With £1 in every £5 spent on poverty within the public sector, and an average of £20,000 spent supporting rough sleepers annually, that’s a lot of money that could be released back into the public purse and spent on investing in our towns and cities. With £14,000 put back into the local economy with every person employed, greater prosperity too.

Prosperity that we’re already seeing in the investment that’s coming into Greater Manchester. The expansion of the airport, Amazon’s move to Bolton and the cultural financing through The Factory is brilliant, but as the region with the greatest income disparity outside of London, without action, will only be enjoyed by the few.

Right Thing To Do

Last, but not least, employing people who have experienced homelessness because it’s the right thing to do. Outside of London, Greater Manchester is one of the most impacted regions when it comes to homelessness, and its visible day to day on our streets. Our most vulnerable citizens need help.

Yet, people confusing homelessness with rough sleeping – when in fact its only parts of the picture – is getting in the way. Rough sleeping nationally accounts for less than 2% of those impacted, and there are hundreds of thousands of people in hostels, sofa surfing and in supported accommodation who are willing to work.

It’s those organisations, looking beyond the assumptions to the root causes of the issue and realising the issue goes beyond personal responsibility, working in collaboration with those already helping people in difficult situations and think strategically that will help make a meaningful, impactful and long-term difference to people’s lives.

Think you might be able to help create secure and stable futures? Get in touch.

What we’re learning about homeless employment

We’re four months into HI Future, as we’ve already learnt a lot. In February and March, we ran user research.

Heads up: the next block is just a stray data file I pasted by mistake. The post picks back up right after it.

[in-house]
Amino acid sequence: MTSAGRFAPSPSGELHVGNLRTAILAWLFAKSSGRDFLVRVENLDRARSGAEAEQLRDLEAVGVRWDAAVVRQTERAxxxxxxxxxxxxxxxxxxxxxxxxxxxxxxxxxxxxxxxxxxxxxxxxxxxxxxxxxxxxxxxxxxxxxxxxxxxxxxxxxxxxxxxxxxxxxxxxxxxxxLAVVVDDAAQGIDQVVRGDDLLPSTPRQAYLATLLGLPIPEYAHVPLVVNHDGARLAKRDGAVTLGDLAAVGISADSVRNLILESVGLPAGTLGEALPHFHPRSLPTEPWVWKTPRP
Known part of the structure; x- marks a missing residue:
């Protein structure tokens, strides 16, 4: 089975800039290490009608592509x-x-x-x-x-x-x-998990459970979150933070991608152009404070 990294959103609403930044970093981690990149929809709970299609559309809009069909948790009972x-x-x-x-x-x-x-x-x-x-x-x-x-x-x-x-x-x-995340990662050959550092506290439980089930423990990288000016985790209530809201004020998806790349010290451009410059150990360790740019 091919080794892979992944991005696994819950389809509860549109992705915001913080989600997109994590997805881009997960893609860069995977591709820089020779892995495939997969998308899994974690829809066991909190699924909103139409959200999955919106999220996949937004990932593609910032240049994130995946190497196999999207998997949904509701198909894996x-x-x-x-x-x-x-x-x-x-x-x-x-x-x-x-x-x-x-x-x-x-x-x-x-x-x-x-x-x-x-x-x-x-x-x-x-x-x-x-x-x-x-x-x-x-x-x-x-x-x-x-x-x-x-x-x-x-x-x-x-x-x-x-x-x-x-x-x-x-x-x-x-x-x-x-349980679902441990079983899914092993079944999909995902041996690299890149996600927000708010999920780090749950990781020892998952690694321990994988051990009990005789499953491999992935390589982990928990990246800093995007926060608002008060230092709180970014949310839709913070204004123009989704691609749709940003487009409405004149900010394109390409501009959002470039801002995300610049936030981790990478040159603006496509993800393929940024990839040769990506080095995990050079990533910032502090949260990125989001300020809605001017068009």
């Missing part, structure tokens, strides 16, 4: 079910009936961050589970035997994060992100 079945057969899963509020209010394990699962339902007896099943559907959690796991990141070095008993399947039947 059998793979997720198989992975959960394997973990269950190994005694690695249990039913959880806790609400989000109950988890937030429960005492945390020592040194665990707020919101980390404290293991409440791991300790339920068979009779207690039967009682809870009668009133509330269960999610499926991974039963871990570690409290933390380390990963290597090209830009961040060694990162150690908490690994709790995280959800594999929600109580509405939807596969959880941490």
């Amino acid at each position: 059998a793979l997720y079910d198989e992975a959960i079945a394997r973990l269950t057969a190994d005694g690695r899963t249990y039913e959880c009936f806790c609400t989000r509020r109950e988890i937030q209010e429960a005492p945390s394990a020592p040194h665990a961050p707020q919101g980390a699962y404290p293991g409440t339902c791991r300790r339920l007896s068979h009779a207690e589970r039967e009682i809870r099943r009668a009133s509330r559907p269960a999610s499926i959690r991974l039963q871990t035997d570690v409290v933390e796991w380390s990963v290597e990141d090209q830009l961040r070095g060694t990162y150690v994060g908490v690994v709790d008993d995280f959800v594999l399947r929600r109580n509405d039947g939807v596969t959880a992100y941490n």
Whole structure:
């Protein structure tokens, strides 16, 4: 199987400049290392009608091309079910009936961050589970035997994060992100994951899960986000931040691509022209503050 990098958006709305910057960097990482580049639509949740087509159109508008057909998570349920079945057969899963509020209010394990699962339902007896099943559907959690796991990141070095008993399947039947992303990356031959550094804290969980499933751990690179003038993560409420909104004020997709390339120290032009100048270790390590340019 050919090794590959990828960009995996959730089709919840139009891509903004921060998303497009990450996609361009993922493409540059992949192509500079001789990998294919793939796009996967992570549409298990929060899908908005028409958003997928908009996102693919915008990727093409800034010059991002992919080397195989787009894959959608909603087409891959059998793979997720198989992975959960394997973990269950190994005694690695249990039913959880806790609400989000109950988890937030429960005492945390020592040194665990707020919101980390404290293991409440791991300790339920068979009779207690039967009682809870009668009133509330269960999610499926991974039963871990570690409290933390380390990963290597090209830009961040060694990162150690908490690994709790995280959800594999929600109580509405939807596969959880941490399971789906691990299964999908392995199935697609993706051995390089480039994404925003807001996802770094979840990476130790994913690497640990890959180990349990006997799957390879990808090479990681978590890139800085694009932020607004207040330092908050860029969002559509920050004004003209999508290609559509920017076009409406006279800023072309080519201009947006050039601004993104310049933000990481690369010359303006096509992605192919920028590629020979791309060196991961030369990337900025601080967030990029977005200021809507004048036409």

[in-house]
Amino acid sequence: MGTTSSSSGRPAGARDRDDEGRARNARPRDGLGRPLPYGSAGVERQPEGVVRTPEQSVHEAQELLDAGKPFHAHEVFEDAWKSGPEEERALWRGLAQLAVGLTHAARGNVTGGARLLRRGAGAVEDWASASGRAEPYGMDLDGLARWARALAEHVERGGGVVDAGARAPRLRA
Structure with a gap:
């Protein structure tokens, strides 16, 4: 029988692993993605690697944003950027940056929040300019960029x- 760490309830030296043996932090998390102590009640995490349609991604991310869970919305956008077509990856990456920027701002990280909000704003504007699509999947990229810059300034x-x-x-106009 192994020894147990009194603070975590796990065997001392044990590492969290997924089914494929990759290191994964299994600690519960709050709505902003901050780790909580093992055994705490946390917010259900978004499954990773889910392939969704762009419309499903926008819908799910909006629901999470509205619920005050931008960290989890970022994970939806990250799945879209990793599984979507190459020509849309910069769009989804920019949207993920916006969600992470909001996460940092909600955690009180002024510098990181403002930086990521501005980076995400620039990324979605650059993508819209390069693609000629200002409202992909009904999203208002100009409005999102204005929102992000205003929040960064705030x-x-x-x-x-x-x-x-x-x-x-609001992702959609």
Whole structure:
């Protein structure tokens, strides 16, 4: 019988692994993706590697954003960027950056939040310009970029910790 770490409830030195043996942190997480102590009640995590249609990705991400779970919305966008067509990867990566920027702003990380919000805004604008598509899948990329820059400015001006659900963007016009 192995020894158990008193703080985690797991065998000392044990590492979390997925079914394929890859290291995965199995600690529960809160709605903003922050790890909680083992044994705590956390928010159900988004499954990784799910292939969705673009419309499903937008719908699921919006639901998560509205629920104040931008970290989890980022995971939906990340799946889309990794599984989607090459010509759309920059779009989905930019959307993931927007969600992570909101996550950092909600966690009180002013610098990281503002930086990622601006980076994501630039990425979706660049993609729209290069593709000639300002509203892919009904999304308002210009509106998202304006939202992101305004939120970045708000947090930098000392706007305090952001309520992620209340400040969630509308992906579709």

Working with businesses leaders and employees, HR teams and line managers, we asked how well people understood homelessness, how much consideration each organisation had given to including homelessness within diversity and inclusion practise, and what “ready to work” would look like from a business perspective.

We also spoke with people with personal insight into homelessness and are now in steady employment, as well as those still experiencing the issue and looking for work. We asked what their experiences were like in securing a job, what factors were at play during the recruitment process and what was needed when each individual was willing and able to return to work.

We learned that people who have experienced homelessness often feel profiled. They’re aware they’re being judged for CV gaps, often in a way that gap year students wouldn’t be, and that visual differences can turn employers off in the early stages of recruitment. We also learned how important their job coaches and support workers were in getting them to the starting line. Invaluable, in fact.

From an employment perspective, we found a huge willingness to support people in work, particularly from co-workers and line managers. We found the potential to link existing diversity and inclusion policies – particularly around mental health – to the work our business community was opening up to do around homelessness.

We also happened upon some challenges. A general lack of awareness around homelessness, and a recognition that stigmas may creep into people’s belief and attitudes are a cause for concern. We also spotted blind spots during the recruitment process which may impact those with personal insight applying, and a gulf in expectations between the potential employer and employee.

So, our first step has been to educate. We ran our first education session in early April, and the feedback has led us to reviewing and prototyping a new workshop, which we’re in the process of testing with our business community, including KPMG and Lloyds Bank. The results of this will come back early July and give us a good idea of how well we’ve improved business understanding.

We also spotted some fundamental gaps in our knowledge. The recruitment process – beyond the issues in understanding homelessness – is the second major barrier in getting people with personal insight into homelessness back into work, so we’re undertaking more user research. We’re working with both Manchester Airports Group and Balfour Beatty’s HR teams to learn more.